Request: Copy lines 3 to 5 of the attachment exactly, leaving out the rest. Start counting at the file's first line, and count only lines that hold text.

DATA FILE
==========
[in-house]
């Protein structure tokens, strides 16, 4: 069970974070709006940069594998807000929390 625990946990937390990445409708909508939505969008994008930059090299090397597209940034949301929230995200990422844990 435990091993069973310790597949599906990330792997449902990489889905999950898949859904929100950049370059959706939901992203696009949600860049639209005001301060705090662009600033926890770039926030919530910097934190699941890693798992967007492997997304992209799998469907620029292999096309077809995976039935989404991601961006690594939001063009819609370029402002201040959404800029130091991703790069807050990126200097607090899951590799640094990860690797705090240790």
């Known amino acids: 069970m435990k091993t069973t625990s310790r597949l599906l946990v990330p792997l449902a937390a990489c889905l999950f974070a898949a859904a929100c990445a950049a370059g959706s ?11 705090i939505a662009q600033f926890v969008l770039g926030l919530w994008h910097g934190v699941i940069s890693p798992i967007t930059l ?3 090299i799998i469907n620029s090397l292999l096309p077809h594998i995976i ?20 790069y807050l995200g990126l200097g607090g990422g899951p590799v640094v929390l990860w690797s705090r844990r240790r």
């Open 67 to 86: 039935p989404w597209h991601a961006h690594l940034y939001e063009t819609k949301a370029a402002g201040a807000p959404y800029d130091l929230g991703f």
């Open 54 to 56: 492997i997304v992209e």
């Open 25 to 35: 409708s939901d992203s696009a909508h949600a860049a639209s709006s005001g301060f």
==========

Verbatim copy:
């Known amino acids: 069970m435990k091993t069973t625990s310790r597949l599906l946990v990330p792997l449902a937390a990489c889905l999950f974070a898949a859904a929100c990445a950049a370059g959706s ?11 705090i939505a662009q600033f926890v969008l770039g926030l919530w994008h910097g934190v699941i940069s890693p798992i967007t930059l ?3 090299i799998i469907n620029s090397l292999l096309p077809h594998i995976i ?20 790069y807050l995200g990126l200097g607090g990422g899951p590799v640094v929390l990860w690797s705090r844990r240790r």
């Open 67 to 86: 039935p989404w597209h991601a961006h690594l940034y939001e063009t819609k949301a370029a402002g201040a807000p959404y800029d130091l929230g991703f």
């Open 54 to 56: 492997i997304v992209e």